In September of 2010, DRC President Joseph Kabila had imposed a domestic ban on mineral exports from the Congo's eastern provinces, the point of origin for so-called "conflict minerals," natural resources extracted from squalid mines whose mineral yields fund militia activity in the region. [...] It is also possible that Mutombo and Lawal either didn't know about the ban, or knew about the ban and simply didn't care. And it's possible that all the documentation, which also included a Kenyan "certificate of ownership" establishing Malonga as the gold's true owner, was simply forged. "Every damn thing they had was fake," St. Mary claims. "But it looked official."
Lawal sent St. Mary to Goma with the rest of the $10 million. When he arrived, he was met by soldiers from the Congolese army under the control of General Bosco Ntaganda, an infamous warlord indicted by the International Criminal Court for using child soldiers. Ntaganda runs eastern Congo like a mafia fiefdom. He summoned St. Mary and his group to a hotel:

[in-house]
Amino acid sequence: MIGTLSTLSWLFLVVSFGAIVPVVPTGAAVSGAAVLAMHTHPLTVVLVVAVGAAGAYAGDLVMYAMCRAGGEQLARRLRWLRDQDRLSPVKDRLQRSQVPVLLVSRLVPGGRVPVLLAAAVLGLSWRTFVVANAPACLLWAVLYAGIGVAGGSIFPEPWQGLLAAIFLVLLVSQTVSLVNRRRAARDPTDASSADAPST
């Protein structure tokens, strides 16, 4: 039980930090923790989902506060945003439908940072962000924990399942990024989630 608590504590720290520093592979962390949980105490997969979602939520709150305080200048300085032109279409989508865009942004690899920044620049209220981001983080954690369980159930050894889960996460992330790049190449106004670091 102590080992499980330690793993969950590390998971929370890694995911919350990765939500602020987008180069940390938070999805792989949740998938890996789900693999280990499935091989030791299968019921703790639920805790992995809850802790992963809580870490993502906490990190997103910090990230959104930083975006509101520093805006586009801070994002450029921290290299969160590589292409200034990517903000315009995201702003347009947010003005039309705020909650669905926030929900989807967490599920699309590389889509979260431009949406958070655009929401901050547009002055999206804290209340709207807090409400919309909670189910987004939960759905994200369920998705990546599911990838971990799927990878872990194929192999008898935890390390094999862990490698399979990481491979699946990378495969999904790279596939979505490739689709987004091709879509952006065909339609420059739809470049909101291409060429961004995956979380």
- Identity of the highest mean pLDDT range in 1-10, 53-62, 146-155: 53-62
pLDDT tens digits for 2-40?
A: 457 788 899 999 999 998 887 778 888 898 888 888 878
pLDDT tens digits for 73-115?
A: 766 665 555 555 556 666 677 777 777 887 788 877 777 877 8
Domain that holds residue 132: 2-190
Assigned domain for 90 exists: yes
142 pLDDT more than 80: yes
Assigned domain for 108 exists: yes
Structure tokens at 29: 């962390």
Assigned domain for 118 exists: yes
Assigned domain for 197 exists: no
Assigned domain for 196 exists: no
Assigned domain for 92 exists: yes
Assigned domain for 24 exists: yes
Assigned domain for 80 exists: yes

"When we get to the hotel the yard is littered with soldiers and [Ntaganda] comes in looking like Crocodile Dundee with a bolo collar and a leather hat and vest on," recalls St. Mary. Ntganda announced that he was the actual owner of the gold they had come to buy, and that the exchange would take place at the Goma airport the following morning.
St. Mary realized that his chances of leaving the country with four tons of gold were fading. "I told Bosco, you took almost five million from us in Nairobi. We don't have one gold bar. Give me just one reason to trust any of you in this room," says St. Mary. "And he looks me in the eye and says, 'We didn't kill you this morning.'"
Anyone starting to wonder if this deal is on the level? But wait, there's more: Ntaganda sent his men to Lawal's plane and took a suitcase filled with $3 million of the remaining $5 million. The next day, customs officials seized Lawal's plane and took the other $2 million. When asked to produce the suitcase a few days after that, Ntaganda gave the customs officials a bag with $3 million in counterfeit bills, "printed on yellow copy paper, with all bills having the same serial number."
Huh. How'd those get in there?
Neither Lawal nor Mutombo has really commented on this episode. And it's hard to assess the culpability of the parties involved. Lawal was clearly the mark. Benoit, Malonga, and Ntaganda appear to have been orchestrating the con. Was Mutombo's family helping? It seems so. How about Mutombo? At best, he looks like a dupe. But such is the price of greed. In a rather fitting twist, the legal expenses associated with the snafu have cost Lawal nearly $30 million, which is right around the amount for which Mutombo said the group could sell the gold once they'd whisked it out of Africa.